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International Community Denies Charges, Insist They Mean "U.S." When They Say "World"

Washington, D.C. ( — In a stinging accusation, the U.S. today charged other nations with taking a narrow-minded "world view" and deliberately failing to consider U.S. economic interests above individual international concerns. World leaders immediately denied the charges, calling the U.S. allegations, "paranoid delusions of non-grandeur."


· International politicians and the media have blasted the U.S. for abandoning the Kyoto global warming treaty, despite the fact that the U.S. has explained the treaty would not be good for the U.S. economy.

· The European Union has yet to lower its stricter Internet privacy standards, even though the U.S. has pointed out that these standards could hurt American businesses.

· Several countries, including India, are encouraging their skilled high tech workers to stay home and not emigrate to the United States, ignoring the fact that the United States "could probably use them."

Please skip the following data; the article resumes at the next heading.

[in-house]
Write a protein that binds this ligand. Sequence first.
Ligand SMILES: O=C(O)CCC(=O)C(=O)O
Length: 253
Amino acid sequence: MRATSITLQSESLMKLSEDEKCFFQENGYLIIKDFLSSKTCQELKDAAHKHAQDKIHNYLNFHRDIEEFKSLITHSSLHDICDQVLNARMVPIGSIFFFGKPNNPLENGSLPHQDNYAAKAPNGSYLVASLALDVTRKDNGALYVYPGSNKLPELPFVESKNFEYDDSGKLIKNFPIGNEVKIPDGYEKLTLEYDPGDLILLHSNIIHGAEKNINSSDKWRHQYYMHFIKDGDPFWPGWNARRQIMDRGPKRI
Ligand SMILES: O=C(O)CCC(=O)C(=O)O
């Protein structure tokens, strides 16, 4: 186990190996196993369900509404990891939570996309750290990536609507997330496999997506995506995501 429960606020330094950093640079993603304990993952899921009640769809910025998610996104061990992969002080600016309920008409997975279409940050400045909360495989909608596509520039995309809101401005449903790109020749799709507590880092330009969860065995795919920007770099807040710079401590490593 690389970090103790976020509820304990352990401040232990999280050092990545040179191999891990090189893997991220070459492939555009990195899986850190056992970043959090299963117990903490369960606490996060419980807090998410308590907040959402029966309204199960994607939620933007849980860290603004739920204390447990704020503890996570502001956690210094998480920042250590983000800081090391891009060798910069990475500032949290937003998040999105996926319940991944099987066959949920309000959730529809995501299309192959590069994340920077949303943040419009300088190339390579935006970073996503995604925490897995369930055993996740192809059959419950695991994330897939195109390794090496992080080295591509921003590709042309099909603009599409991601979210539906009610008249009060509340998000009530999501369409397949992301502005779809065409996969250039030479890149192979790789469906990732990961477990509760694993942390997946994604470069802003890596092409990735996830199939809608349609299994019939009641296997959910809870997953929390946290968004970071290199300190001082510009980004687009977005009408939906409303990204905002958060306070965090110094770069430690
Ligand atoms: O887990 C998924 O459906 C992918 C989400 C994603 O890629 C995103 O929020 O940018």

"They can deny it, but from carbon dioxide emissions to Internet privacy standards, these internationals appear to be taking a rather myopic 'world view,' instead of stepping back and looking at the broader American economic view," said U.S President George W. Bush. "These people have to recognize that there is an entire United States community out there beyond their borders."

If this troubling trend continues, Bush warned, the United States will be forced to "take its ball and go home." Asked exactly what ball he was referring to, Bush replied: "It's big and blue and we all live on it."

While evidence supporting the allegations appears to be damning, world leaders insisted the United States has misunderstood. On the tiny Pacific atoll of Kiribati, which is threatened by rising seas, government official Baranika Etuati insisted his recent remark to Reuters that, 'It is a terrible economic problem, it is our very survival," referred to U.S. economy. "What else would I be referring to?" he asked bewilderingly.

British Environment Minister Michael Meacher, meanwhile, said the idea that Europe would not consider the U.S. economy above all was absurd. "Naturally, when we want to protect consumers or deal with the environment or stop wars, we first ask ourselves, 'How will our decisions impact suffering American business interests?'"

U.S. officials, however, greeted those comments with suspicion, noting that few world leaders' public comments mention this consideration.

"That's because it's a given," replied Japanese Prime Minister Yoshiro Mori. "It's like when you love someone. You don't always have to say it. You just know."


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